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1805: Sea of Glory» Forums » General

Subject: Blockades rss

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Phil Fry
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Several people have contacted me regarding some of the design issues for 1805: Sea of Glory. As 1805:SoG is one of the first age of sail games to look at naval warfare from the operational point of view (rather than the tactical), I thought I would share the design philosophy on Boardgamegeek (with a mirror post on Consimworld).

Although at the heart of 1805:SoG is a game of breakout and pursuit, blockade plays an important role. If the British can keep the French and Spanish bottled up, they will win the game. If the French and Spanish can breakout and form a combined fleet, even the Royal Navy will be hard pressed in keeping them out of the Channel or from raiding far-flung British interests.

During the late 18th and early 19th centuries two schools of thought argued over the proper blockade of enemy ports. The British Admiralty was torn between the concepts of close blockade and loose blockade. Close blockade advocated placing ships close to the harbor mouth trying to discourage enemy fleets from attempting a sortie. Loose blockade placed the blockading force just over the horizon, almost daring the enemy to come out. Nelson was a proponent of the loose blockade.

The danger with a close blockade was a naval force with less sea room was more likely to suffer an accident during harsh weather due to the proximity of the lee shore. The danger with a loose blockade was that the enemy might get out without being spotted.

In game terms, forces on close blockade will take more wear damage during harsh weather (causing a quicker return to a friendly port for refitting, or the actual loss of individual ships.) If the British are using close blockade a French/Spanish player may only sortie one block from the port (and it cannot be a "fog of war" block). If the British are using loose blockade, they are less susceptible to wear damage, but the enemy may sortie two blocks (one of which may be a "fog of war" block). Spotting and interception are more likely for a force on close blockade than loose blockade. The advantage of a loose blockade is that the force in port does not know what waits over the horizon.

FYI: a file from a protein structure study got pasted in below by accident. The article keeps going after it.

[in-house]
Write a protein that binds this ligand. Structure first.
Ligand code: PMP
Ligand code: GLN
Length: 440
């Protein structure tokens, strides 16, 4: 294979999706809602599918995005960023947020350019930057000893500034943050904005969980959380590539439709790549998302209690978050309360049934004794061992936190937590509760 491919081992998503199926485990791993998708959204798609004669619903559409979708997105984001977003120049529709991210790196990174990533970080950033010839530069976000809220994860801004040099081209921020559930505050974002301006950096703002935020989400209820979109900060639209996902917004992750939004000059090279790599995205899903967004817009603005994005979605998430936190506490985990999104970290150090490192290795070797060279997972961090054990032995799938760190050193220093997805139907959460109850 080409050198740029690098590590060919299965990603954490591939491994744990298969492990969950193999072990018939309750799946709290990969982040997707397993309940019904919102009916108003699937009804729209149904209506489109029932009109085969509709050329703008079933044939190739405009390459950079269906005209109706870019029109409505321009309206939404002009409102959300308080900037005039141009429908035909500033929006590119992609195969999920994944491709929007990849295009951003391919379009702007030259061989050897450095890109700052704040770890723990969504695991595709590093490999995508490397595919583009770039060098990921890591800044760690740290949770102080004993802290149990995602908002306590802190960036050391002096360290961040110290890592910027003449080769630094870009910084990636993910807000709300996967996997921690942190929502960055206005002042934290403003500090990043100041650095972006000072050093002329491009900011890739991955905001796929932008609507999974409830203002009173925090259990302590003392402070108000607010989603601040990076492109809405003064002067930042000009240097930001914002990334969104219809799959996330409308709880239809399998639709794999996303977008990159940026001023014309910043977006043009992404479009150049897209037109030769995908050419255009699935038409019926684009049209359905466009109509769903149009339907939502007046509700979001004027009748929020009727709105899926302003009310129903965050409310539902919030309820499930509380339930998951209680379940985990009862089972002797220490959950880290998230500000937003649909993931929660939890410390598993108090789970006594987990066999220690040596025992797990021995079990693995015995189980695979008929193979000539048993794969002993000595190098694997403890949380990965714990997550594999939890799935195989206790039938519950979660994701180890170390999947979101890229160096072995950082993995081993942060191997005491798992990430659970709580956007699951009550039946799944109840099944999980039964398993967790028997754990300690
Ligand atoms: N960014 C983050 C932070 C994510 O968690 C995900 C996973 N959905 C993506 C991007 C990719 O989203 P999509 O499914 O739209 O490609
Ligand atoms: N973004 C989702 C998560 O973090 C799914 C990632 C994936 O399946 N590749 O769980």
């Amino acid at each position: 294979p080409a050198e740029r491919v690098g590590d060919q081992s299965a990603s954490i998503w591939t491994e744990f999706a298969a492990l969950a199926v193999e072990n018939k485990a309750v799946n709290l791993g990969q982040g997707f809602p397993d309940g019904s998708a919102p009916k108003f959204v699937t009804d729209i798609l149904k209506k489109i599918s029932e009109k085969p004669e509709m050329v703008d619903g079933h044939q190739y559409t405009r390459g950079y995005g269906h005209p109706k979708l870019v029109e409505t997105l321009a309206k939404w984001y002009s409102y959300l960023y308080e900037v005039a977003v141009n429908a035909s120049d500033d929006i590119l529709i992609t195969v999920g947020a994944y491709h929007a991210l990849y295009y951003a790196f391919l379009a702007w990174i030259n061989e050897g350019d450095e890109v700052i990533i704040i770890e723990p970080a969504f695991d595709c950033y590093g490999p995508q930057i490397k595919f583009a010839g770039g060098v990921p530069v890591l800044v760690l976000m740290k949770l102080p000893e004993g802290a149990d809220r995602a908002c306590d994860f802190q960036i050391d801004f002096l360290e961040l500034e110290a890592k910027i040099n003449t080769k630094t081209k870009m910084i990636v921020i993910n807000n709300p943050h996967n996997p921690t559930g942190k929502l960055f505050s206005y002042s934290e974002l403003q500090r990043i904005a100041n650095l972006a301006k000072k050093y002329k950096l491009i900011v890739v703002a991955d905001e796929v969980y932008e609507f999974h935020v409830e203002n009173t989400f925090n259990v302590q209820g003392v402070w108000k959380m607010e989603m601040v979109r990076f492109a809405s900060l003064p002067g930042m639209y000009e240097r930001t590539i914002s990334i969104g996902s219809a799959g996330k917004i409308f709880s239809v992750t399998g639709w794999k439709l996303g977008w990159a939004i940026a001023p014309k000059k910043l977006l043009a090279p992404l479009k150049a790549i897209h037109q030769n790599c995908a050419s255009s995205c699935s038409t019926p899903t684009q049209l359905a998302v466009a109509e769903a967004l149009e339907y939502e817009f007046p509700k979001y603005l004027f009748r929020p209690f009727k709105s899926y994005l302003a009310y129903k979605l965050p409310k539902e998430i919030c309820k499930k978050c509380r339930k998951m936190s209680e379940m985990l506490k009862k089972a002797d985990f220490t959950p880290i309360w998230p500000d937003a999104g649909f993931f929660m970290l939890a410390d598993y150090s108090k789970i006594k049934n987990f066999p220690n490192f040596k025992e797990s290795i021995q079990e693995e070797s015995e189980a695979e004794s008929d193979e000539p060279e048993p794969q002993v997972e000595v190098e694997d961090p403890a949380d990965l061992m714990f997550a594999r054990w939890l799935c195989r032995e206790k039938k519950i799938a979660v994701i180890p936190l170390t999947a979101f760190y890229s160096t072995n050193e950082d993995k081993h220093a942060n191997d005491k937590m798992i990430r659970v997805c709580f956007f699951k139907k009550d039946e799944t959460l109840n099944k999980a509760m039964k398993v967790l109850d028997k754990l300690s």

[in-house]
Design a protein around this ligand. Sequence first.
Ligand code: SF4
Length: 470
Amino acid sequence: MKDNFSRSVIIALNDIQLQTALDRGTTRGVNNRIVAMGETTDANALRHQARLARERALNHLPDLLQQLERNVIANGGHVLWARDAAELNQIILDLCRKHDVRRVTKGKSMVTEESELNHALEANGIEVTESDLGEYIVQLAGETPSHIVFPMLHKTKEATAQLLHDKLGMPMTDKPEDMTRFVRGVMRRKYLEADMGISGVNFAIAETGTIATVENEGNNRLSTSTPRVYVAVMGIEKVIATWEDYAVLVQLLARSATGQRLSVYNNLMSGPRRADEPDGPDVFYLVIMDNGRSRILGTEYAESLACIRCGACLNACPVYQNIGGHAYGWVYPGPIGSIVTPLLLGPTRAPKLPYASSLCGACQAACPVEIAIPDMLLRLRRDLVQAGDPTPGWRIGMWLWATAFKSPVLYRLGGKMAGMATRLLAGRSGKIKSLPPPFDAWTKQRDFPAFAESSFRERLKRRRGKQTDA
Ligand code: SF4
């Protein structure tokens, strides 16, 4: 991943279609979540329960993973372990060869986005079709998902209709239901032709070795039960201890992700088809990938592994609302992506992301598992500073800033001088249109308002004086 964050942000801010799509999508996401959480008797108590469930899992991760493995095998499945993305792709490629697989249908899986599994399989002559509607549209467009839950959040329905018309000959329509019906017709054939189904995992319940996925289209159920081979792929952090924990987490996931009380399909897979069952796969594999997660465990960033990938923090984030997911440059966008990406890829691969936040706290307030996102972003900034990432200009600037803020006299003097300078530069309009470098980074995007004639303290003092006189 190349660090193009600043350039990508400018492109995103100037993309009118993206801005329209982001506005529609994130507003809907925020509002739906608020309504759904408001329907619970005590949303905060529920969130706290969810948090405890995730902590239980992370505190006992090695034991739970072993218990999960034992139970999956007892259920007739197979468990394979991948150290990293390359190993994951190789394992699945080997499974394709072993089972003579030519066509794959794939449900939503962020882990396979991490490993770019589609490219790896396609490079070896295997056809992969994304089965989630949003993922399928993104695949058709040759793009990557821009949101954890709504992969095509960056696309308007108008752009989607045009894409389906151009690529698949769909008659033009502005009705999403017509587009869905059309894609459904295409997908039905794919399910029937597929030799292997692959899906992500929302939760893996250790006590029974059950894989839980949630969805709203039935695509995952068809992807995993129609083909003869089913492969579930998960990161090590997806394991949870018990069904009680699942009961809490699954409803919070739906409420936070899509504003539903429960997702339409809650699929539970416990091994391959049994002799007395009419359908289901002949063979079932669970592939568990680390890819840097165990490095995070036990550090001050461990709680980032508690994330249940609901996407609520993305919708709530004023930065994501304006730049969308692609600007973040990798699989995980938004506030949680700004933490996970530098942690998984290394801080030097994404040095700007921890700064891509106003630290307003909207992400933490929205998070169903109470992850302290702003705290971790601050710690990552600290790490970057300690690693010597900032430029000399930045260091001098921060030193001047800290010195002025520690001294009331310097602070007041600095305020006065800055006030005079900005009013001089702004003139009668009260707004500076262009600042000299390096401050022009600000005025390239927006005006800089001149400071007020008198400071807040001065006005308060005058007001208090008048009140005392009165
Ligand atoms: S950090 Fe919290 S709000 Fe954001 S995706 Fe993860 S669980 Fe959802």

In the map snippet in the images section, the hexes 2013, 2114, 2212, and 2213 are all part of the loose blockade zone outside Toulon. For purposes of spotting and interception, a force in any of those hexes is considered to be in all of those hexes. Hex 2113 would be the close blockade hex.

Storms or squalls will eventually blow the British off station, leaving no forces left to blockade the port. If the French player acts quickly enough (ie has the initiative for the turn) he’ll have a chance to sortie three blocks from a port (two of which may be "fog of war" blocks) before the scattered British can resume the blockade.

If you are interested in following the development of the game, you can find us at the Consimworld forum: Boardgaming > Individual Game or Series > Gunpowder (Other) > 1805: Sea of Glory.
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Charlie Sheppard
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Thanks for the update. I'm really looking forward to this one.

Regarding blockades, is it possible to "stack" blockades by placing one fleet on close blockade and another on loose blockade? Was that ever done historically?
 
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Phil Fry
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charshep wrote:
Regarding blockades, is it possible to "stack" blockades by placing one fleet on close blockade and another on loose blockade? Was that ever done historically?


Good question. Short answer, yes. In fact, one of the developing tactics is to place a frigate on close blockade and a fleet on loose blockade. Of course this will wear out a frigate pretty quickly and the British never have enough frigates.

Another trick is to place one frigate on close blockade and another frigate on loose. The French player can see the composition of the close blockader, but not the loose blockader. This is sometimes done so the bigger ships can race back to a friendly port to refit.

Since the game uses blocks to hide the identity of the forces involved, how you set up your blockades is very important. Vessels on close blockade can see the enemy at anchor (called "counting masts") and in turn be seen by the blockaded force. The composition of any blocks on loose blockade is not known to the other player.
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Phil Fry
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My father (circa 1945). He navigated B-24's (5thAF 22ndBG) in the Pacific Theater.
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The forum on Consimworld has been moved to: Boardgaming > Individual Game or Series > Gunpowder (Napoleonics) > 1805: Sea of Glory.

The new location seems to better reflect the theme of the game.
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